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Social Security Disability Definitions

Social Security Disability and SSI Overview

The Requirements for Disability

Social Security Disability and SSI Applications

Tips and Advice for Disability Claims

How long does Disability take?

Common Mistakes after Receiving a Disability Denial

Disability Denials and Filing Appeals

Social Security Mental Disability Benefits

Disability Benefits offered through Social Security

Benefits through SSI disability

Disability Benefits for Children

Disability Qualifications and How to Qualify

Social Security Disability and Working

Winning your Disability Benefits

Social Security Back Pay and the disability award notice

Disability Lawyers and Hiring an Attorney

Social Security Disability SSI List of Conditions

What is considered a Disabling condition by Social Security?

Social Security Disability SSI and Medical Evidence

Filing for Disability Benefits

Eligibility for Disability Benefits


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How Do You Fire a Social Security Disability Lawyer?




 
You can fire your disability lawyer at any time if you feel your claim is not receiving the attention it deserves, and in some cases this is absolutely the best option.

However, there are some things to keep in mind when you choose to fire your disability attorney:

1. If you fire your disability lawyer, you could still be liable for expenses the lawyer has incurred up to that point. When you retain an attorney to represent you in a disability claim, you have to sign a legally binding fee agreement. This fee agreement specifies any out-of-pocket expenses that you agree to pay (such as making copies, obtaining medical records, travel, etc.) Read all fee agreements carefully before you sign.

2. Your old disability lawyer could petition Social Security for a portion of any back pay you are awarded, even if it is actually your new lawyer that represented you at the disability hearing. This is especially true if your former lawyer did a lot of work on your case before you fired him. If you are not happy with your legal representation, get a new lawyer as soon as possible.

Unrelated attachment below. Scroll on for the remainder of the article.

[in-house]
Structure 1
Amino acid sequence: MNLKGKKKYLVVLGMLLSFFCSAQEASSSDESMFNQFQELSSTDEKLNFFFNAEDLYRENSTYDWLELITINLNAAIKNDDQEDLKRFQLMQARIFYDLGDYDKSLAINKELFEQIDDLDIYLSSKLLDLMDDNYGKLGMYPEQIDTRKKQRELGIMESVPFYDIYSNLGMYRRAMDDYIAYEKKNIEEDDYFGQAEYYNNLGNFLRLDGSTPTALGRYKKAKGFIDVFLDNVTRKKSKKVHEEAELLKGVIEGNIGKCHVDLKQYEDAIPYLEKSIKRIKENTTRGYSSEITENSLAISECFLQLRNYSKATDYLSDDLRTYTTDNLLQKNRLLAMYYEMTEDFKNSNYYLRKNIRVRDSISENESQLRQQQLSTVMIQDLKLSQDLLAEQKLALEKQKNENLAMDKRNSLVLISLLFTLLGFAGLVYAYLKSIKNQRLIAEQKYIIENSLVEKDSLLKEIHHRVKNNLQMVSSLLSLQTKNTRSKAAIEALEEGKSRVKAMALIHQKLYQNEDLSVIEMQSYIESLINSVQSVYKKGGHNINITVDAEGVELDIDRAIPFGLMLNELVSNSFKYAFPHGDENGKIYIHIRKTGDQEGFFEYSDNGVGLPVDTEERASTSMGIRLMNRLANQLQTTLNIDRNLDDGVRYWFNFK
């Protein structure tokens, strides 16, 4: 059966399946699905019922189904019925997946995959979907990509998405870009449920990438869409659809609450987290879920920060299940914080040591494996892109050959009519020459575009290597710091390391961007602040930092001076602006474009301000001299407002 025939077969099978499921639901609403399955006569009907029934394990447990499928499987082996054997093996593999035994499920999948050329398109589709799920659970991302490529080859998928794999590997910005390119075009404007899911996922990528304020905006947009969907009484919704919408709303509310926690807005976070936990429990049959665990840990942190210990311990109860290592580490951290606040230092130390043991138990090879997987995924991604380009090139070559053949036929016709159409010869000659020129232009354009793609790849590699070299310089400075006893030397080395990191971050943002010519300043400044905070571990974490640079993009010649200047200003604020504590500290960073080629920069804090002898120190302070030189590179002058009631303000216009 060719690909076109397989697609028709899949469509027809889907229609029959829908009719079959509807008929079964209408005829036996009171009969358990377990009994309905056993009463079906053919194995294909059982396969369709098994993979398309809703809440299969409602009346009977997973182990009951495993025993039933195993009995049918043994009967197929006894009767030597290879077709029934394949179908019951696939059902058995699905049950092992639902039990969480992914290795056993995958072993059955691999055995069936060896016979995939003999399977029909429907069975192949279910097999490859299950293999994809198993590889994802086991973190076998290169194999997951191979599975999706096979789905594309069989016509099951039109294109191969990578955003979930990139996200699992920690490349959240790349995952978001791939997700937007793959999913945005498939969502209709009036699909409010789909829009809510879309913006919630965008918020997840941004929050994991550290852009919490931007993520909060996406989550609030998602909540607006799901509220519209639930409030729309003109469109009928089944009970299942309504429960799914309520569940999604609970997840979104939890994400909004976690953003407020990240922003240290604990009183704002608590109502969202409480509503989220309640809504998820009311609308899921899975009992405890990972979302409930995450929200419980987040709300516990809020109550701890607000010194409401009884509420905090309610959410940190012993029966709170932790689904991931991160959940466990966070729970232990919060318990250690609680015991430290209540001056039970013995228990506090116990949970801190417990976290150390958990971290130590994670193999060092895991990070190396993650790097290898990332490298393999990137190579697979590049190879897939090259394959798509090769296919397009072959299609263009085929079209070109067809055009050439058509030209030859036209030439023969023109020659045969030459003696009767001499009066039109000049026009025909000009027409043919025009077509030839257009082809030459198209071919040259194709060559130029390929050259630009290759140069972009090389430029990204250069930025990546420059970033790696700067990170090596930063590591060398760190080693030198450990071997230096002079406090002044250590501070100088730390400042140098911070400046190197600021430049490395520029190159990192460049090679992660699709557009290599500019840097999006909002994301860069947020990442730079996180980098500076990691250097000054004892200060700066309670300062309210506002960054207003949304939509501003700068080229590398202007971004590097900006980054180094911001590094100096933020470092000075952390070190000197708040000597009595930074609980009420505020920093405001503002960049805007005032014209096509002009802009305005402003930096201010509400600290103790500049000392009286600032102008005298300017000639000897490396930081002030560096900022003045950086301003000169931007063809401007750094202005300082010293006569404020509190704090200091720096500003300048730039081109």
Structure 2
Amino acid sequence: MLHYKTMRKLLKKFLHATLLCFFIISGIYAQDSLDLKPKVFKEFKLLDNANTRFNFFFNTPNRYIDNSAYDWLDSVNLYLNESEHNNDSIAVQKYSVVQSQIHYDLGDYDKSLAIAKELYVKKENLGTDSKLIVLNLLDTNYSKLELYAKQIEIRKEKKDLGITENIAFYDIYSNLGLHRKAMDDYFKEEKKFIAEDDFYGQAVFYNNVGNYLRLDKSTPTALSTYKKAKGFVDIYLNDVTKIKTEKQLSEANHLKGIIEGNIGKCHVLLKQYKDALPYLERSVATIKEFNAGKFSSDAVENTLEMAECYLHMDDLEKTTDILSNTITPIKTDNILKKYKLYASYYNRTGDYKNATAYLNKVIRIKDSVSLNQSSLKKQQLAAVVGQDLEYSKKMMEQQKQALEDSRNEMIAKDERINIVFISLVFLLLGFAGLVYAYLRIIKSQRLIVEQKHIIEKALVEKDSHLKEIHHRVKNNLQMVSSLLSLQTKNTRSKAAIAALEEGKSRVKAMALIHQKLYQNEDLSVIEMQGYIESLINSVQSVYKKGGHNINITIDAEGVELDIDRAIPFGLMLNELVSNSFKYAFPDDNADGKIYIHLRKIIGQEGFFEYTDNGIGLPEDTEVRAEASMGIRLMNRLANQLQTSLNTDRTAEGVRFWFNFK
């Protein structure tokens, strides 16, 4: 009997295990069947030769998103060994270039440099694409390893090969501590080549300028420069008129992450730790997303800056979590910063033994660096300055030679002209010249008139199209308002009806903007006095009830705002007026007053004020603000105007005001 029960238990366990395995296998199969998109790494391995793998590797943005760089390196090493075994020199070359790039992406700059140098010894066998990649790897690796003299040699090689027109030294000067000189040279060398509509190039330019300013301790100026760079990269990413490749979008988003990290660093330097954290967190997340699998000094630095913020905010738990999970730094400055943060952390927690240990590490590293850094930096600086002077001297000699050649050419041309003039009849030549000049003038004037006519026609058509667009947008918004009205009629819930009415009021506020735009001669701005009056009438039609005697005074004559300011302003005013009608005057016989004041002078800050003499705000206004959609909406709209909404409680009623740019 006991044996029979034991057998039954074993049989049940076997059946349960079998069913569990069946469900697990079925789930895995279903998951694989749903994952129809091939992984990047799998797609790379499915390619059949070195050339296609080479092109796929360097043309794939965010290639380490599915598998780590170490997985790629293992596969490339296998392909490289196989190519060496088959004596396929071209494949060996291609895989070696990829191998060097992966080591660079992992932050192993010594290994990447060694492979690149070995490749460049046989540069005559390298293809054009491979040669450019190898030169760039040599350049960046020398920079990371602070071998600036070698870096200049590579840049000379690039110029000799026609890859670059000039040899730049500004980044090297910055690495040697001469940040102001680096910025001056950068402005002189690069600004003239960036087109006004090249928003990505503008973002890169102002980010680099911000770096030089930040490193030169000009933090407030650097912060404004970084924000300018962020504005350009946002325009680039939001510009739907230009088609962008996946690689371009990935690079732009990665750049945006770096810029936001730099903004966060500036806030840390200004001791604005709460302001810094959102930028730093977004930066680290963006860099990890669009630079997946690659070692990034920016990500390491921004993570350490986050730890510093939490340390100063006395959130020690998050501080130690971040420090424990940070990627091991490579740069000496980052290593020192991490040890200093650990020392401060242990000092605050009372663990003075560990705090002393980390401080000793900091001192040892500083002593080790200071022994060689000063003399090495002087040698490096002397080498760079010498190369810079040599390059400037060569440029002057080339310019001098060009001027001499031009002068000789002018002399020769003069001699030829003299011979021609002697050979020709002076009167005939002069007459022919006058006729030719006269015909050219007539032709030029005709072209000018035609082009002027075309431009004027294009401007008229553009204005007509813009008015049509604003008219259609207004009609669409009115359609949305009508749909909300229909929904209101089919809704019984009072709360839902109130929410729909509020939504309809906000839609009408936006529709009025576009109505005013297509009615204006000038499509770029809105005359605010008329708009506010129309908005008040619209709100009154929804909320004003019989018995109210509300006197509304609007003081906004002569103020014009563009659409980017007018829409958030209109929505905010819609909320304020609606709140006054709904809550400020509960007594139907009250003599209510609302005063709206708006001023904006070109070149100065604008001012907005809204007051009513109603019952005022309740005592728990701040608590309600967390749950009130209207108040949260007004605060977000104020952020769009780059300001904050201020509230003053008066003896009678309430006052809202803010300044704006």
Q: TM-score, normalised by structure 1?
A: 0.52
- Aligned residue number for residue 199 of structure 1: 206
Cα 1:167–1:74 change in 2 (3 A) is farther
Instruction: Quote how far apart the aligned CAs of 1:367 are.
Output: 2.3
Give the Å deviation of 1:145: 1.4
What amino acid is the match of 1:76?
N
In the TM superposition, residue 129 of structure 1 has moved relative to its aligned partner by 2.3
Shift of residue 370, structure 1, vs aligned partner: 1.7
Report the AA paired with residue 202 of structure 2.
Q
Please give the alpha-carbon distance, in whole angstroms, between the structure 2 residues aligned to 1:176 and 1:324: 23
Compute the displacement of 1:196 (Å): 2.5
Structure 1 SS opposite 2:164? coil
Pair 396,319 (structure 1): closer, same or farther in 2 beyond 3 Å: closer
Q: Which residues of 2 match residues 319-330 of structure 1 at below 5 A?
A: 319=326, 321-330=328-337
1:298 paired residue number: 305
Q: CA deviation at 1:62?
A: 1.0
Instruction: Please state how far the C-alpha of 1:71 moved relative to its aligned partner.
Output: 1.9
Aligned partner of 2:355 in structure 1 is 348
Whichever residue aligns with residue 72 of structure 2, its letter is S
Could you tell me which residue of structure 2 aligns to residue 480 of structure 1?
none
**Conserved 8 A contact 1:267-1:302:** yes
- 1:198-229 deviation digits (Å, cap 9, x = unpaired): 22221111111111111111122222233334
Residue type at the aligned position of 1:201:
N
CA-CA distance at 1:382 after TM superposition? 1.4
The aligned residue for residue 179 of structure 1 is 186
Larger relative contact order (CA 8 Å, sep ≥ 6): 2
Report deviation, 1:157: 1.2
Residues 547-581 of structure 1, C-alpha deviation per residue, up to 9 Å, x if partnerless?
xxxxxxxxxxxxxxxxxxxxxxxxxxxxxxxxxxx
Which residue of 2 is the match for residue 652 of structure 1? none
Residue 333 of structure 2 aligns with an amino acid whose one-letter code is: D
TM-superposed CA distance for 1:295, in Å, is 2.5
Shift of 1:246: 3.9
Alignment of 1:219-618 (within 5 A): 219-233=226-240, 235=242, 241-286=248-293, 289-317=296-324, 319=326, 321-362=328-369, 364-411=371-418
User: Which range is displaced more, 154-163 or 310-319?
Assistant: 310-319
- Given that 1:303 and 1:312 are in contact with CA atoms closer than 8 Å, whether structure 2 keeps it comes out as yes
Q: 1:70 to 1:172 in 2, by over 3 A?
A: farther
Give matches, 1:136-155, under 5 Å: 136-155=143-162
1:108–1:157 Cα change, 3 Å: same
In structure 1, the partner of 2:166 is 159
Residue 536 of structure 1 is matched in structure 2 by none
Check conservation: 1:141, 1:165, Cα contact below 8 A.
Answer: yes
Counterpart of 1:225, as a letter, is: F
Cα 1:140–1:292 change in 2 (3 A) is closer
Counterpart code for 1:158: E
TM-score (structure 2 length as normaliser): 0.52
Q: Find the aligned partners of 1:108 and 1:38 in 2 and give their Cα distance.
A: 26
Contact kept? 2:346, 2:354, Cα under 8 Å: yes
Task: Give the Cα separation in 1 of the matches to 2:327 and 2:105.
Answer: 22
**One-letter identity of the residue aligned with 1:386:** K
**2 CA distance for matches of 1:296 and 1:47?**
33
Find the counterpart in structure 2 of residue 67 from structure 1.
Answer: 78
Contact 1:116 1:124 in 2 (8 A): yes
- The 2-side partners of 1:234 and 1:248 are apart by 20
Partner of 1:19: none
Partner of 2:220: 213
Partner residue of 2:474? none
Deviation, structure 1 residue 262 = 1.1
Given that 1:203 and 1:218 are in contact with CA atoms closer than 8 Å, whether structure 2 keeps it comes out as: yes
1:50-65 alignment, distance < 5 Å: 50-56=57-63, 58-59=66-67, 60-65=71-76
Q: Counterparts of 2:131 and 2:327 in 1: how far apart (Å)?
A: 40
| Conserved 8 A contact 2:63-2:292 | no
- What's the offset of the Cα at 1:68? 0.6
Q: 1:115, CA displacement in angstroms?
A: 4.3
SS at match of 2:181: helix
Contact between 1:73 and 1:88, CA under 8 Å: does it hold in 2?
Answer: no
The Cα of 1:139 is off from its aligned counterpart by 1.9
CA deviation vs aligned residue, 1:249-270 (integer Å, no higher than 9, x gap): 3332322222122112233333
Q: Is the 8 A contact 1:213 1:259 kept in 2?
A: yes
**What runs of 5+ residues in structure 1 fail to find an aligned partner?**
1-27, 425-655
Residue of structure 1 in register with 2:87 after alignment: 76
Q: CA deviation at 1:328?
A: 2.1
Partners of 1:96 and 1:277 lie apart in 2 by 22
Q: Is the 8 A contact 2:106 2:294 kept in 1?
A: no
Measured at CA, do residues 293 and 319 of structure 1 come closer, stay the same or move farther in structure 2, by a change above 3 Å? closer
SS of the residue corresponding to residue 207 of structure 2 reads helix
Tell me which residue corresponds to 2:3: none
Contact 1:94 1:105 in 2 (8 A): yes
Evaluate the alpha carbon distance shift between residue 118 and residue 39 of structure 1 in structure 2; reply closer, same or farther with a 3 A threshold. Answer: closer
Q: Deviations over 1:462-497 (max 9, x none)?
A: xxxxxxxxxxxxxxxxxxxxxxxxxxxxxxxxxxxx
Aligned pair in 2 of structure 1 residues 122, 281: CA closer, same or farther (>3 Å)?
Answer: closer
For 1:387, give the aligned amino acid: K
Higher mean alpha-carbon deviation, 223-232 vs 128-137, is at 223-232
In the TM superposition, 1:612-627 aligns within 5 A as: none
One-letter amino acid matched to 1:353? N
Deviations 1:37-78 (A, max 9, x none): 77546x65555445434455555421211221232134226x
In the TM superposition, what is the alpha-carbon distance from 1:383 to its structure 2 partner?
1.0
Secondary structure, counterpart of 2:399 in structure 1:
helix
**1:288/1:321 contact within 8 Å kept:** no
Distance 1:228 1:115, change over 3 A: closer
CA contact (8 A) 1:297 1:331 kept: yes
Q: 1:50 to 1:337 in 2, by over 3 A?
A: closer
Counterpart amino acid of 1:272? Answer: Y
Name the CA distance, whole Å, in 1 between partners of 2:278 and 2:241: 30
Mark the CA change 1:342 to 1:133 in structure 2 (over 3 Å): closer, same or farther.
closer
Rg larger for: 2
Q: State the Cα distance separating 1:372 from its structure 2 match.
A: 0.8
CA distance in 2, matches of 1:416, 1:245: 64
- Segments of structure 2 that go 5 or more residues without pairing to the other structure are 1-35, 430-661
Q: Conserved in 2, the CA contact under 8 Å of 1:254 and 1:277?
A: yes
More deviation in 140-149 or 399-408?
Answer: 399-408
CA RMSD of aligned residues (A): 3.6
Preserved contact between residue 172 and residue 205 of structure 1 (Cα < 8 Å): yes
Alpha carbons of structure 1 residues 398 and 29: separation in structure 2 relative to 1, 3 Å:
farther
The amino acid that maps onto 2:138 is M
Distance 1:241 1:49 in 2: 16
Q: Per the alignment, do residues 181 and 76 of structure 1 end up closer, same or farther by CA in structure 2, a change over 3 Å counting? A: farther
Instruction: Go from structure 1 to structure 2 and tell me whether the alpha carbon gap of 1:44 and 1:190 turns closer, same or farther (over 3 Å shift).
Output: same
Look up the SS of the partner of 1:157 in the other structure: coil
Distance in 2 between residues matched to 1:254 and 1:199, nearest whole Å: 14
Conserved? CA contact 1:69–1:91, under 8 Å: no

3. You should both call and send a letter to the attorney to inform him that you no longer wish him to represent you. Your disability lawyer should then send a letter of withdrawal to Social Security so they remove his information from your claim. If you do not inform your attorney and Social Security that you have switched legal representatives, it could create a nightmarish situation for you present attorney if your case is won and it is time to collect his fee. Some attorneys refuse to represent a claimant if the letter of withdrawal is not already on file with Social Security.

Most disability attorneys will not give their clients problems if they are informed of their desire to change legal representatives early on, before they have invested much time or money in the case. This is why itís really important for people to shop around a bit before going with a particular attorney, and to call regularly for status updates. It is far less complicated for all involved if you start and finish your claim with the same attorney, but if that is not possible you should terminate the relationship with the attorney you first hired as soon as possible.

However, in some cases, particularly those in which the claim is not being represented with due diligence, firing the current disability lawyer becomes a necessity. Under these circumstances you should be sure to follow through by obtaining a withdrawal letter from your former representative, and calling the Social Security office to ensure that the withdrawal letter, along with a written statement from yourself saying you no longer want your initial lawyer to represent you, is received by Social Security in a timely manner.















Return to:  Social Security Disability Resource Center, or read answers to Questions





























Information on the following topics can be found here: Social Security Disability Questions and in these subsections:

Frequently asked questions about getting Denied for Disability Benefits | FAQ on Disability Claim Representation | Info about Social Security Disability Approvals and Being Approved | FAQ on Social Security Disability SSI decisions | The SSD SSI Decision Process and what gets taken into consideration | Disability hearings before Judges | Medical exams for disability claims | Applying for Disability in various states | Selecting and hiring Disability Lawyers | Applying for Disability in North Carolina | Recent articles and answers to questions about SSD and SSI


These pages answer some of the most basic questions for individuals who are considering filing a claim.

Filing for disability - How to file for SSD or SSI and the Information that is needed by Social Security
How to Apply for Disability - What medical conditions can you apply and qualify for?
Applying for Disability - How long does it take to get Social Security Disability or SSI benefits?
What happens if I file a disability application and it is denied by a disability examiner or Judge?
How to Prove you are disabled and qualify to win disability benefits
How do you prove your disability case if you have a mental condition or impairment?
Social Security Disability Back pay and How Long it Takes to Qualify for it and receive it
Social Security Disability SSI - Eligibility Requirements and Qualifications Criteria